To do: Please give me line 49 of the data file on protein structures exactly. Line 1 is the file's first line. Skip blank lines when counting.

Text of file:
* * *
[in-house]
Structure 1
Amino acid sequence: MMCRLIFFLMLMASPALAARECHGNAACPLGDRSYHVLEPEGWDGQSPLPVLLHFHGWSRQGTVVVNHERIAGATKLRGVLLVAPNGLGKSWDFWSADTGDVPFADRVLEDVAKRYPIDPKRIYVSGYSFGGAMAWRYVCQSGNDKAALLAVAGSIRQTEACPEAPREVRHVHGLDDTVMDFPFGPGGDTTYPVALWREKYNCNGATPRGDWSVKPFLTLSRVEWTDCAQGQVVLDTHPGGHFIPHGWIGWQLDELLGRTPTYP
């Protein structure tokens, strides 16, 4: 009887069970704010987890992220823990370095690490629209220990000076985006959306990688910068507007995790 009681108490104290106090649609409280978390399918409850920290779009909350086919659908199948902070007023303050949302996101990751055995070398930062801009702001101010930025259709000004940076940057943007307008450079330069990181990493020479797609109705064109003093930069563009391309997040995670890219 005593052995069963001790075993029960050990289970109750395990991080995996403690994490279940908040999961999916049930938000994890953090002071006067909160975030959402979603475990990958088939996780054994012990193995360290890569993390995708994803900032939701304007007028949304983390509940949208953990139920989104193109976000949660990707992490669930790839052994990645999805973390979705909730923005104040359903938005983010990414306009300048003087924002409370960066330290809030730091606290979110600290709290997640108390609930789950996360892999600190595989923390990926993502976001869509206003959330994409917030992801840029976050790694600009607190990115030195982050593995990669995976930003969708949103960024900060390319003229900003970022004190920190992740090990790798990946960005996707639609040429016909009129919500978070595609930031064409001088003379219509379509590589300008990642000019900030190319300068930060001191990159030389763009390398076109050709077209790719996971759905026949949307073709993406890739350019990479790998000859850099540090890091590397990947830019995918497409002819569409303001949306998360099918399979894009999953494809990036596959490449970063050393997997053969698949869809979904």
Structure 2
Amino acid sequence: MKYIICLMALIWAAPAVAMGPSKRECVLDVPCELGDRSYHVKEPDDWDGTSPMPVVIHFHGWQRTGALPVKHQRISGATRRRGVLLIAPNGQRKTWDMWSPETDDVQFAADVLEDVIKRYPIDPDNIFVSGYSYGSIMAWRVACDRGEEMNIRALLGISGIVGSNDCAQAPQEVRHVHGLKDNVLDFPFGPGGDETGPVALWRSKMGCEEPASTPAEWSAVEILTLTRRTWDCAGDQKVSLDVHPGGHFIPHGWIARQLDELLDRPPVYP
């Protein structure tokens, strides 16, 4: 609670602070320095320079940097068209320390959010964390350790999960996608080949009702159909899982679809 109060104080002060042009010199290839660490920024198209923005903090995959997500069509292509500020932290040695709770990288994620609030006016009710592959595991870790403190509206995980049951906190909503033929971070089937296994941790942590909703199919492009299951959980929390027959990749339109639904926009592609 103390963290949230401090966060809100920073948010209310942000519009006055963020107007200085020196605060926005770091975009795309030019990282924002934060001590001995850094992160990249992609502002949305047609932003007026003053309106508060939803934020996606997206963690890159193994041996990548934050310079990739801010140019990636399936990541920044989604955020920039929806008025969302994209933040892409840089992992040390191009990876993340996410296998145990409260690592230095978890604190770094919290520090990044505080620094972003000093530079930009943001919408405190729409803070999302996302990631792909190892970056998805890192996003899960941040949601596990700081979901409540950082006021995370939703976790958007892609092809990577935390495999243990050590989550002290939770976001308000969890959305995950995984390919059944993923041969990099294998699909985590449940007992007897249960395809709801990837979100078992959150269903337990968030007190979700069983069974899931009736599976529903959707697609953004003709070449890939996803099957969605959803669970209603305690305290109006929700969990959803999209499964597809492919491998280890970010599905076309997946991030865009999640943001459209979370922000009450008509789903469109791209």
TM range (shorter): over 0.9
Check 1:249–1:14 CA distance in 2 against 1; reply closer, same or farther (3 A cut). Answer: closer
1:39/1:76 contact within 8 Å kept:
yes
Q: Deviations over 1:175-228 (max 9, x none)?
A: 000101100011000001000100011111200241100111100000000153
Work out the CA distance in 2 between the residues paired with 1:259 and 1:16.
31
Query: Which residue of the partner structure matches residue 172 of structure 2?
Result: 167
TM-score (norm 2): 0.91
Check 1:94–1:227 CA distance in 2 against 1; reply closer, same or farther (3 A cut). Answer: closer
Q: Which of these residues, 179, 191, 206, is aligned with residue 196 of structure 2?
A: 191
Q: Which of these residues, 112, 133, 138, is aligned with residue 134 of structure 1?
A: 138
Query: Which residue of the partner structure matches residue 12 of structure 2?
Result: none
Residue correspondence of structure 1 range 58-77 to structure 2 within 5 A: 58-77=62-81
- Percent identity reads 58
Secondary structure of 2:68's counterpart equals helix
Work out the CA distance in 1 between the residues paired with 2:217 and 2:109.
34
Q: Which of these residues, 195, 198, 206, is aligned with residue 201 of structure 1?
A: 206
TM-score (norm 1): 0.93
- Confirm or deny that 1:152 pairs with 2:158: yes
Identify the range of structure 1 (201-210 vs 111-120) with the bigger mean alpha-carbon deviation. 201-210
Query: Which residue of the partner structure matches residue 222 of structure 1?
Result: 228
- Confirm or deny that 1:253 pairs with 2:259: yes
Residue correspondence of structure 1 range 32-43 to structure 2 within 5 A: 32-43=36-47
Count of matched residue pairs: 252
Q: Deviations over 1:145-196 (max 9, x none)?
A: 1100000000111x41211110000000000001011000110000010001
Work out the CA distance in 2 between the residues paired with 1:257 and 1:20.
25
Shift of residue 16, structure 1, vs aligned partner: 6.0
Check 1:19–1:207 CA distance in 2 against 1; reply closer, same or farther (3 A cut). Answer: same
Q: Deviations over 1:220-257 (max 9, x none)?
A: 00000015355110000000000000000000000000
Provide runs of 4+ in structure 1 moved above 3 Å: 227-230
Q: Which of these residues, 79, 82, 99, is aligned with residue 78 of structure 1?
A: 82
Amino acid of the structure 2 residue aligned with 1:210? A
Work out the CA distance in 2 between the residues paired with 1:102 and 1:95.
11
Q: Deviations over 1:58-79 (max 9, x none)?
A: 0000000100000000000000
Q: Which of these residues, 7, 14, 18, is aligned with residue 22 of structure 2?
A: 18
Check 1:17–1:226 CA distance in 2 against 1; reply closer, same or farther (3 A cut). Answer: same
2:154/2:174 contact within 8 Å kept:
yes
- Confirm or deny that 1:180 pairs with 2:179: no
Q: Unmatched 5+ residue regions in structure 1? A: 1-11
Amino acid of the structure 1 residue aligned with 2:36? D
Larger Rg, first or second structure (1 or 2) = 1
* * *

Provide runs of 4+ in structure 1 moved above 3 Å: 227-230